The Brown family's patriarch was John Brown (d. 1884 aged 58) [E-9] a self-made man of enormous energy and ambition, who rose from uneducated timber-getter to eminent landowner. He married Mary Ann, daughter of Thomas Waterhouse, and built their home in Gordon on the site of today's Ravenswood School. Affectionately known as 'the Squire', he developed a thriving orange orchard in Wahroonga. There he achieved his ambition to own a square mile of land. John and Mary Ann Brown are commemorated in the beautiful stained-glass windows above St John's high altar. The Brown men were renowned for their athletic prowess and bare-knuckle boxing. Despite a superior education, none of John Brown's sons matched their father's achievements. One son, Ernest Brown (d.1921 aged 54) [E-13] a councillor on Kuring-gai Council, is buried with his wife Georgina (d.1940 aged 69). A number of streets in Wahroonga are named after John and Mary's children.
Among the many early pioneering families represented in the cemetery are members of the Bartho, Bromley, Leal, Linigen, List and Reely families. Others include:
John Britton (fig.17) (d.1911 aged 92) an enterprising and hard-working sawyer and orchardist, owned 50 acres between Cowan Creek Road and Cowan Creek. Involved in community and church affairs, he provided the timber rafters for St John's original church, where he was a churchwarden and collector of stipend. The burial of his first wife Mary Ann is the first entry in the Burial Register. His second wife Mary Jane (Baxter, d.1891) also rests in the cemetery (fig.15) [A-36].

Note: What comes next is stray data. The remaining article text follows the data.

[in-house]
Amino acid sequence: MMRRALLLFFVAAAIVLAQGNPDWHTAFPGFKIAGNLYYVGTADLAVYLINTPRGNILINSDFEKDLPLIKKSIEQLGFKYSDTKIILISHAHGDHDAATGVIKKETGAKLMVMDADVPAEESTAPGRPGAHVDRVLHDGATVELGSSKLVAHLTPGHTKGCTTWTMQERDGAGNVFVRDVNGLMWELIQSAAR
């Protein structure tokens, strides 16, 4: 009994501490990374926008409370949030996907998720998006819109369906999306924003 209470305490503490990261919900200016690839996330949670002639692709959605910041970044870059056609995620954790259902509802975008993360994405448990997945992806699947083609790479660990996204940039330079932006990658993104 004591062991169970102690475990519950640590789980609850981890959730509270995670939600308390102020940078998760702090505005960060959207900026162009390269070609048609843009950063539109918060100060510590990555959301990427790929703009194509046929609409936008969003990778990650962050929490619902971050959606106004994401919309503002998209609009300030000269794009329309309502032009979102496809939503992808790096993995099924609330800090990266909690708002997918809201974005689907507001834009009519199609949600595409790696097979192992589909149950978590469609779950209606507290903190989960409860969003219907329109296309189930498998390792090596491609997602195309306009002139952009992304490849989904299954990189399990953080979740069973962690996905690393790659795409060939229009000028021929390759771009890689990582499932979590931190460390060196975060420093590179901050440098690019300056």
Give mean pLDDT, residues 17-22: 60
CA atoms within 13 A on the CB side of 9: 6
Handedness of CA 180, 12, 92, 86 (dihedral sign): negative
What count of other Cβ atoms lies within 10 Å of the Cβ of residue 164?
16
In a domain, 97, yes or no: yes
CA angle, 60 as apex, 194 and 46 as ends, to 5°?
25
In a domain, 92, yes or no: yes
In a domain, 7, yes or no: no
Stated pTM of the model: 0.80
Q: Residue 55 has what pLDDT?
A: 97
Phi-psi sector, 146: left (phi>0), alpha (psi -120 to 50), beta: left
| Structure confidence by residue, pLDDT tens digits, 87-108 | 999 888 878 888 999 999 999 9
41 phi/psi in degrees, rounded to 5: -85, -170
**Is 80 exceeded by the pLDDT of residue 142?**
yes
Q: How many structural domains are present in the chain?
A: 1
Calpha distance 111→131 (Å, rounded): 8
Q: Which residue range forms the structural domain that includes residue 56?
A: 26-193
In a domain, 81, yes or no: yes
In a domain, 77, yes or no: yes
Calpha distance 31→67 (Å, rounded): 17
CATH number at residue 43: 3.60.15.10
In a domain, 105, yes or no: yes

Walter Cates (d.1901 aged 77)was brought out from England with his wife Alice (d.1898 aged 63), to work as a gardener on the Anthony Hordern property at Darling Point. The Cates family [M 16-17] later owned a 16-acre orchard at St Ives.
[Fig.17] JOHN BRITTON (H.
[Fig.18] PHILIP RICHARDSON (H. Selkirk)
James Gaukrodger (d.1913 aged 42) [HH-33] had an orchard in St Ives, with an abattoir in Woodbury Road. His aunt married the bushranger, Captain Moonlight .